For us, it was perfect timing. We’ve been talking about doing a comparison of various services across the different cloud providers for awhile. It can be a challenge in that they do not lend themselves, perhaps intentionally on their part, to apples-to-apples comparisons. Different vendors have different features, different approaches to administration, different tie-ins to their own services, etc. 

Bruner, for instance, pointed out that all three K8s providers are pretty comparable for recently added Kubernetes features, like Windows containers and GPUs. The major difference has to do with the administrative services each provides. It may come down to whether a business is a Microsoft shop, as we used to say, or have more engineers comfortable with the Google or AWS way of doing things.

She also notes that service limits are handled differently across providers: Limits are per account using Amazon Web Services Elastic Kubernetes Service, per subscription using Azure Kubernetes Service, and per project using the Google Cloud Engine. Interestingly, she notes that Amazon Elastic Kubernetes Service offers something the other Kubernetes providers don’t — a financially backed service-level agreement (disclosure: AWS is a sponsor of The New Stack).

With all these comparison pieces, we almost inevitably get feedback concerning other entrants that may have been included but, for time or fiscal or sanity restraints, just weren’t. Where’s IBM? DigitalOcean? Good ideas, all. But such pieces are not meant to be comprehensive, but rather provide one more point-of-view into the vastly complex world of cloud native computing. And we are always looking for more perspective along these lines, so if you have your own thoughts to share, by way of a contributed post, hit us up at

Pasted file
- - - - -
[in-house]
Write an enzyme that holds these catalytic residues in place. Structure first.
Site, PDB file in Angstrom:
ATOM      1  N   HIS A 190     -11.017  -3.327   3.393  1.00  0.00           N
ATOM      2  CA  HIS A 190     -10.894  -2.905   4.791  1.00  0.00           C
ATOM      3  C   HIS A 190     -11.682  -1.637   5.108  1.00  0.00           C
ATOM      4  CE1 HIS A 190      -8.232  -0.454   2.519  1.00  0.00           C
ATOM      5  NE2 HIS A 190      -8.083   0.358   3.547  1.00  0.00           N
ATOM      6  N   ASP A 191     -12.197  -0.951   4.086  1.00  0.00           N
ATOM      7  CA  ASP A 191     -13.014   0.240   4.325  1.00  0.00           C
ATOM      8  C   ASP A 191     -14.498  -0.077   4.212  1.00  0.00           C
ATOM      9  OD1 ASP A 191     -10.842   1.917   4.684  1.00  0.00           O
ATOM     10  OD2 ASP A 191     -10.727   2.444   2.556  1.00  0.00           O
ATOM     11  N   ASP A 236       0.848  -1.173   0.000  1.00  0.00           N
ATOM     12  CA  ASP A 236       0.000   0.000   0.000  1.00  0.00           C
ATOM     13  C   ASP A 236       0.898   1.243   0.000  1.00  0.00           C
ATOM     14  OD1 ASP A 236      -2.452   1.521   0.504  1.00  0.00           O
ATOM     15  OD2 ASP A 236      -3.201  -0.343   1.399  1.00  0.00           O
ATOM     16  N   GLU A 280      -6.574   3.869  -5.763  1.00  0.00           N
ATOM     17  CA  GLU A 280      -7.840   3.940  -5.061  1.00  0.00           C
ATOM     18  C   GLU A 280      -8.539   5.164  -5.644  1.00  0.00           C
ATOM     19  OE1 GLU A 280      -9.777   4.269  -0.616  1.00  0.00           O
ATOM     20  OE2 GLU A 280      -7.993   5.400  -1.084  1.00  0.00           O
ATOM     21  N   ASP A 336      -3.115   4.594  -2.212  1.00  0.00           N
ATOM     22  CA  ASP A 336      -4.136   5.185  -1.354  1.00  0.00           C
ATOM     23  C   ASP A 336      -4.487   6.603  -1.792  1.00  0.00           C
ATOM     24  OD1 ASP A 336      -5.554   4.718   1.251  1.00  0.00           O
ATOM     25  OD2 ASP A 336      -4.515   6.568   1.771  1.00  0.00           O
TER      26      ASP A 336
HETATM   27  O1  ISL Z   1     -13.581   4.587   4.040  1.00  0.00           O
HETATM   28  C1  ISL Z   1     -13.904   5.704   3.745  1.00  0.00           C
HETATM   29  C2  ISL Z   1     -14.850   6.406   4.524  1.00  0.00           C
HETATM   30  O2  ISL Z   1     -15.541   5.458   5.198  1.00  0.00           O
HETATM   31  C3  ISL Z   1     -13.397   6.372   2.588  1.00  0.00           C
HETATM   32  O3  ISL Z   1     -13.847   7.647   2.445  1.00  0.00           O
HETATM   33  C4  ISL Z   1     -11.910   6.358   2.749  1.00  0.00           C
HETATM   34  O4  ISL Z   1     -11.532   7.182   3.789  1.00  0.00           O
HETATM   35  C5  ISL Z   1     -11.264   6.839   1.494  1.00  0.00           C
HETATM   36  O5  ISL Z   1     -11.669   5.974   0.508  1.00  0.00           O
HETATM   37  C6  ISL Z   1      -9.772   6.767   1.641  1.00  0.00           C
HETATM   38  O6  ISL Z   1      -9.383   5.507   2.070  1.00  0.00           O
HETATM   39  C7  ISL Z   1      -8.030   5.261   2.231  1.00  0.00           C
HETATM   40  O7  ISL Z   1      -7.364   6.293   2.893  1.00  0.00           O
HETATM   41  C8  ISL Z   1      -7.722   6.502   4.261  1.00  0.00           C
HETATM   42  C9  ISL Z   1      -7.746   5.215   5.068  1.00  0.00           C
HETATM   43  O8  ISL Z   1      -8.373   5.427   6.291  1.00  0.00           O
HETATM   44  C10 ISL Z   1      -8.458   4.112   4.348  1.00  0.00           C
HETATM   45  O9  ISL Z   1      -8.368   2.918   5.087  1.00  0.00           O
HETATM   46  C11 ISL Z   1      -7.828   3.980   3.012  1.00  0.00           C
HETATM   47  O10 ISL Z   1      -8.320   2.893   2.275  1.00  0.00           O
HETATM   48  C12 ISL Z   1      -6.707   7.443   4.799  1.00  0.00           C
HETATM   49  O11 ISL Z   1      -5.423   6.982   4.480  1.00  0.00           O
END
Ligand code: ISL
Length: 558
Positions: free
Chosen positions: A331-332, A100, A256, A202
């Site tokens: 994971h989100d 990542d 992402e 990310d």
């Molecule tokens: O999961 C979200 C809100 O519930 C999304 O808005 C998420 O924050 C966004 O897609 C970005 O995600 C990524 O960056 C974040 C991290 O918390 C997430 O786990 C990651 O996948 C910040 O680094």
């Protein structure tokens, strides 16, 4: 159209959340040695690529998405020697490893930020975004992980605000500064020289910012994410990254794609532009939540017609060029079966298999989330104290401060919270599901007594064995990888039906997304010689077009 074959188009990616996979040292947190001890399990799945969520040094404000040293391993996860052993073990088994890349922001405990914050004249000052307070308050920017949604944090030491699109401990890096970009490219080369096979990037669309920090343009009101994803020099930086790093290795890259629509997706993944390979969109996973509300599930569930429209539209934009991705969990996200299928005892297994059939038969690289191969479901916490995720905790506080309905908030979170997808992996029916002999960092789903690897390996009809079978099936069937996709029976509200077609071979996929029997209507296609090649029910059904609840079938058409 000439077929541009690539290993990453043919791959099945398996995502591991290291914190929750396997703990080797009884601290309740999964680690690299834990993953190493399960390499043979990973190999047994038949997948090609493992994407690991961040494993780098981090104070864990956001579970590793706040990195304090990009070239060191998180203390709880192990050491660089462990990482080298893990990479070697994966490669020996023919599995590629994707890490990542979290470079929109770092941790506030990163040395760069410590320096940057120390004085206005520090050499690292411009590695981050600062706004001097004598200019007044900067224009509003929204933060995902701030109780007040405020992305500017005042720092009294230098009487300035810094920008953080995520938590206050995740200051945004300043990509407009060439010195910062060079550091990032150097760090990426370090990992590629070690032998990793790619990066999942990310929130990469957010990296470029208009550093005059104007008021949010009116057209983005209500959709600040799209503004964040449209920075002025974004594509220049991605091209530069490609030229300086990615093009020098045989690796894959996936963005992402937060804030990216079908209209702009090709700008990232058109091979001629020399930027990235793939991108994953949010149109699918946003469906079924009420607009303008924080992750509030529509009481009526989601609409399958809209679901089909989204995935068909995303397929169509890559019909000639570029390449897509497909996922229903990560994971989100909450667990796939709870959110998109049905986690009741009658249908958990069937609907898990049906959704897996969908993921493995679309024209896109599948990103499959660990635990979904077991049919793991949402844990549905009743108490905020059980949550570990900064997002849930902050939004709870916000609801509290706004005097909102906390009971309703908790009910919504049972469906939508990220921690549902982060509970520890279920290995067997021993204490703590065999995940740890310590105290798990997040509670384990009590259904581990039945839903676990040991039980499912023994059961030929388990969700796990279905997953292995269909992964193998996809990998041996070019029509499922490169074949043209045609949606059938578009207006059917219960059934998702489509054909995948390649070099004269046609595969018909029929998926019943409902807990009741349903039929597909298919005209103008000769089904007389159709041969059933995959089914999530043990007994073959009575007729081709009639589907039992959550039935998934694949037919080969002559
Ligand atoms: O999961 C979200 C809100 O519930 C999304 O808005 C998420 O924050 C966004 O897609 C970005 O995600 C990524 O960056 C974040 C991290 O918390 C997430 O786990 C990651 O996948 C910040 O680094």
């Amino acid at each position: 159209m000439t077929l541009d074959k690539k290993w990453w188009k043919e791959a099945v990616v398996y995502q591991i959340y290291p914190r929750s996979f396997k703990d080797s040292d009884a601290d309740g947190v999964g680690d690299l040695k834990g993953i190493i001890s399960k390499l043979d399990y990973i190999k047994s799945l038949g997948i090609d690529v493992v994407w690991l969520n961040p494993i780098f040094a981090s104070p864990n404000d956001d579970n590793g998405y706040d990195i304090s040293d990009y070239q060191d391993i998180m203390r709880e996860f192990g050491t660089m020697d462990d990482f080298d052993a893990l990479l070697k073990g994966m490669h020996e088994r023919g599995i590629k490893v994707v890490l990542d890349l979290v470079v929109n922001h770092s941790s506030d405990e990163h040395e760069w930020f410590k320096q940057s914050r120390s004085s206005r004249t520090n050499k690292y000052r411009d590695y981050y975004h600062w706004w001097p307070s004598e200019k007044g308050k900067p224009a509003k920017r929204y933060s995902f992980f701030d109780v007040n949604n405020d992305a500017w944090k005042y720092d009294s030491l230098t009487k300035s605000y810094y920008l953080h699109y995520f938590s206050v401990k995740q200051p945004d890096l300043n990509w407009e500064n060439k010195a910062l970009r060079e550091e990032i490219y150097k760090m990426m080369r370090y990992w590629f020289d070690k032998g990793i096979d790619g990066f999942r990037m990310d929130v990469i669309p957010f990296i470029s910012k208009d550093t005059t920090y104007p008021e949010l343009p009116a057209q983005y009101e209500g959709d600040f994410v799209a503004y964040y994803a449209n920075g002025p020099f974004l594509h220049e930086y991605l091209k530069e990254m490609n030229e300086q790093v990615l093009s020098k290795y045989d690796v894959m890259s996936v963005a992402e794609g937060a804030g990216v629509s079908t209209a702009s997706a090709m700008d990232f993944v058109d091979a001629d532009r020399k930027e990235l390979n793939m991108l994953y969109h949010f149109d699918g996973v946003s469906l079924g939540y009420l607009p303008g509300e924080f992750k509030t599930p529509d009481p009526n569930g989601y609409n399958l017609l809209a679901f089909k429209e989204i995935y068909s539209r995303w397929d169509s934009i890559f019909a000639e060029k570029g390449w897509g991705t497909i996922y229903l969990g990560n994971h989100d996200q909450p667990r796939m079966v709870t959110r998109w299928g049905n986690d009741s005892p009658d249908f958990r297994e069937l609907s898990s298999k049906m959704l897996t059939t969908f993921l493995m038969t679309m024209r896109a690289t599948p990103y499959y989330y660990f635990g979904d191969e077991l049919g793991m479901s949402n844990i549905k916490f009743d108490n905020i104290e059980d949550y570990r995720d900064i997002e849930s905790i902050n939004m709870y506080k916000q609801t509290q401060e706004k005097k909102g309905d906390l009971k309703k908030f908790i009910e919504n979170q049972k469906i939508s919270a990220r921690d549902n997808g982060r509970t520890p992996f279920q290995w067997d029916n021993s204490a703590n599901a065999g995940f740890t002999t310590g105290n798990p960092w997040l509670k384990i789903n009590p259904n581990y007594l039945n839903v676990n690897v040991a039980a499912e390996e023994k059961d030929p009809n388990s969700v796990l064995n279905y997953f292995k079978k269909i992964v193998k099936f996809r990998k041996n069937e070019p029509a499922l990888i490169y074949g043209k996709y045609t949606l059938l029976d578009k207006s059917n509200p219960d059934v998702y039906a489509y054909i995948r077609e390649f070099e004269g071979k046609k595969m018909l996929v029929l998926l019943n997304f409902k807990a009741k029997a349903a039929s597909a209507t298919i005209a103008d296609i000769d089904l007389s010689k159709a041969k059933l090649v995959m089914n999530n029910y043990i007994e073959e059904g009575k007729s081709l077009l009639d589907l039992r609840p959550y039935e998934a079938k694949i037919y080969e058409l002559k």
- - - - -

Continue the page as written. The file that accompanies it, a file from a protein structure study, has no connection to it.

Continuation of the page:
Frustration Mounts over Python 3 Migrations

The final version of Python 2 is now passing through its beta and Release Candidate phase, with the very last production release of Python 2.7.18 expected in April of 2020. While most everyone in the Python community agrees that Python needed an overhaul — not the least for the much needed and long-overdue Unicode support. But many with years of perfectly-working Python 2 code are nonetheless feeling the frustration. We hear from LinkedIn, Mercurial and others in this round-up of the internet’s evaluation of production-grade Python 3 migrations.

Beyond Kube-Proxy: Project Calico Harnesses eBPF for a Faster Data Plane

Thanks to the power of the newly-introduced eBPF in the Linux kernel, Tigera has been able to outfit its Kubernetes-focused Calico network management software with a new data plane mode, one that can speed pod-to-pod data communication and eliminate the dependency on Kubernetes’ kube-proxy for traffic management.

Kublr Brings Rolling Updates to Kubernetes

The newly-released Kublr 1.16, a tool that facilitates deploying enterprise-grade Kubernetes clusters, is the first multicloud and multiplatform Kubernetes platform to offer rolling updates for the open source container orchestration engine, the company behind the technology claims. Read about it here!

On The Road
APRIL 15 // Virtual Conference // Online


Join us for AllTheTalks! It’s the 23.999-hour virtual fundraising tech conference on all things DevOps, Development & Security, hosted by our good friends at Snyk. It’s five tracks of awesomeness: DevOps/DevSecOps; security; JavaScript; Java and cloud native/container discussions. Tickets are FREE, donations gladly accepted. Register now!
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Technologists building and managing new stack architectures join us for short conversations at conferences out on the tech conference circuit. These are the people defining how applications are developed and managed at scale.